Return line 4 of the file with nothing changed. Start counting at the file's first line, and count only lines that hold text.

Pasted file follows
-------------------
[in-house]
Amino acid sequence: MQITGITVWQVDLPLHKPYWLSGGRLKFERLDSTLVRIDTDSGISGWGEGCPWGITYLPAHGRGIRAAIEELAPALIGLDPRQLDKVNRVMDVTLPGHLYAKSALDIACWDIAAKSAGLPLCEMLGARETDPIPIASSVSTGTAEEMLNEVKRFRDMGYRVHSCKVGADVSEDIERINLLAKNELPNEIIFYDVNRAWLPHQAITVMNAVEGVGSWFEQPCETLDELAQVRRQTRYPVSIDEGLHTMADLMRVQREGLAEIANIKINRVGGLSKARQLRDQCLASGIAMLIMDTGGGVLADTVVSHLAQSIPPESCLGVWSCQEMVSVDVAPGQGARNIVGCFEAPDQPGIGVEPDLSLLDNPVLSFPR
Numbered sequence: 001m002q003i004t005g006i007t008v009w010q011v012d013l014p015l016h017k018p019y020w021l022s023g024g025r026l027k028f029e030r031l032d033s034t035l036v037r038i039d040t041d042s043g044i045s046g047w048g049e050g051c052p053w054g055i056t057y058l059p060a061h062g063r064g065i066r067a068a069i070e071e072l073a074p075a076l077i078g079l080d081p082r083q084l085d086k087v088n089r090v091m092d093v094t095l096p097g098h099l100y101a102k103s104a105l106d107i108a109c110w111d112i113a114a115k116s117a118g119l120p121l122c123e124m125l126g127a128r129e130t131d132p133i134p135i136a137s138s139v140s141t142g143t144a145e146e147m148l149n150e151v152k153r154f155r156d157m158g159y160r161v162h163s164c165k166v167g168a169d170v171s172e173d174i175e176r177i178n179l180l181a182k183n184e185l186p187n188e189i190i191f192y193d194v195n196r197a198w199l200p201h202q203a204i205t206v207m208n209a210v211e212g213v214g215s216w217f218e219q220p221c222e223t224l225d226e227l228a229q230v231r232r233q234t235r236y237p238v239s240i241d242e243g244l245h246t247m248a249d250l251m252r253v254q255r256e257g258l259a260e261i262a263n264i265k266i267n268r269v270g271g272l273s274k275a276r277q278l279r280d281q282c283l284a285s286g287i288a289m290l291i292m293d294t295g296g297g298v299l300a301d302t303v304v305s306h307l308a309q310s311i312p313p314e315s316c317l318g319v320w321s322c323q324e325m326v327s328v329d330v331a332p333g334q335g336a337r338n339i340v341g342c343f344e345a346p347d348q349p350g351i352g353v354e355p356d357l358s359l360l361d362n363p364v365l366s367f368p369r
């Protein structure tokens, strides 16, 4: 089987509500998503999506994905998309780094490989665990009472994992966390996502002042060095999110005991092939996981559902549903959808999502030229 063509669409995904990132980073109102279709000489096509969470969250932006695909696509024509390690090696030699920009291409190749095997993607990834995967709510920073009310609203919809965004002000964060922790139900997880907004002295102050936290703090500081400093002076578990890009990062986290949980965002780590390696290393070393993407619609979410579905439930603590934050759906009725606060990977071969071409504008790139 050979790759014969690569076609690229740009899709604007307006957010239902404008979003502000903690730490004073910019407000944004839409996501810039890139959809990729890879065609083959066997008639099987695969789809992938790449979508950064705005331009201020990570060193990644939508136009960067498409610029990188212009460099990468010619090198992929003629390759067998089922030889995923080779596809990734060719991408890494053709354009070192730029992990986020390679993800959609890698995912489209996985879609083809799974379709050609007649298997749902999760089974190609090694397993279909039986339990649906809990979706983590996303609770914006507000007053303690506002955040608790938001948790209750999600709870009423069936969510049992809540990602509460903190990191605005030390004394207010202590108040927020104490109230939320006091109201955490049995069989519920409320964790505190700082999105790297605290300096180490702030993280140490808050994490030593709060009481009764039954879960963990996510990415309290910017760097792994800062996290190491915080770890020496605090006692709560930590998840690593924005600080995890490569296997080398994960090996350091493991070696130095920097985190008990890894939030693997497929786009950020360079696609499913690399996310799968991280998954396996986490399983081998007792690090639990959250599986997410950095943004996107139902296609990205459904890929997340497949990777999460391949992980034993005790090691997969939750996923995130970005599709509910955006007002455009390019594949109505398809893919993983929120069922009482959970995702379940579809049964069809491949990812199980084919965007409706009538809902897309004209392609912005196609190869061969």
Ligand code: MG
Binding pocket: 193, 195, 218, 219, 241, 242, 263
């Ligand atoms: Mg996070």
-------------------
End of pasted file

């Protein structure tokens, strides 16, 4: 089987509500998503999506994905998309780094490989665990009472994992966390996502002042060095999110005991092939996981559902549903959808999502030229 063509669409995904990132980073109102279709000489096509969470969250932006695909696509024509390690090696030699920009291409190749095997993607990834995967709510920073009310609203919809965004002000964060922790139900997880907004002295102050936290703090500081400093002076578990890009990062986290949980965002780590390696290393070393993407619609979410579905439930603590934050759906009725606060990977071969071409504008790139 050979790759014969690569076609690229740009899709604007307006957010239902404008979003502000903690730490004073910019407000944004839409996501810039890139959809990729890879065609083959066997008639099987695969789809992938790449979508950064705005331009201020990570060193990644939508136009960067498409610029990188212009460099990468010619090198992929003629390759067998089922030889995923080779596809990734060719991408890494053709354009070192730029992990986020390679993800959609890698995912489209996985879609083809799974379709050609007649298997749902999760089974190609090694397993279909039986339990649906809990979706983590996303609770914006507000007053303690506002955040608790938001948790209750999600709870009423069936969510049992809540990602509460903190990191605005030390004394207010202590108040927020104490109230939320006091109201955490049995069989519920409320964790505190700082999105790297605290300096180490702030993280140490808050994490030593709060009481009764039954879960963990996510990415309290910017760097792994800062996290190491915080770890020496605090006692709560930590998840690593924005600080995890490569296997080398994960090996350091493991070696130095920097985190008990890894939030693997497929786009950020360079696609499913690399996310799968991280998954396996986490399983081998007792690090639990959250599986997410950095943004996107139902296609990205459904890929997340497949990777999460391949992980034993005790090691997969939750996923995130970005599709509910955006007002455009390019594949109505398809893919993983929120069922009482959970995702379940579809049964069809491949990812199980084919965007409706009538809902897309004209392609912005196609190869061969």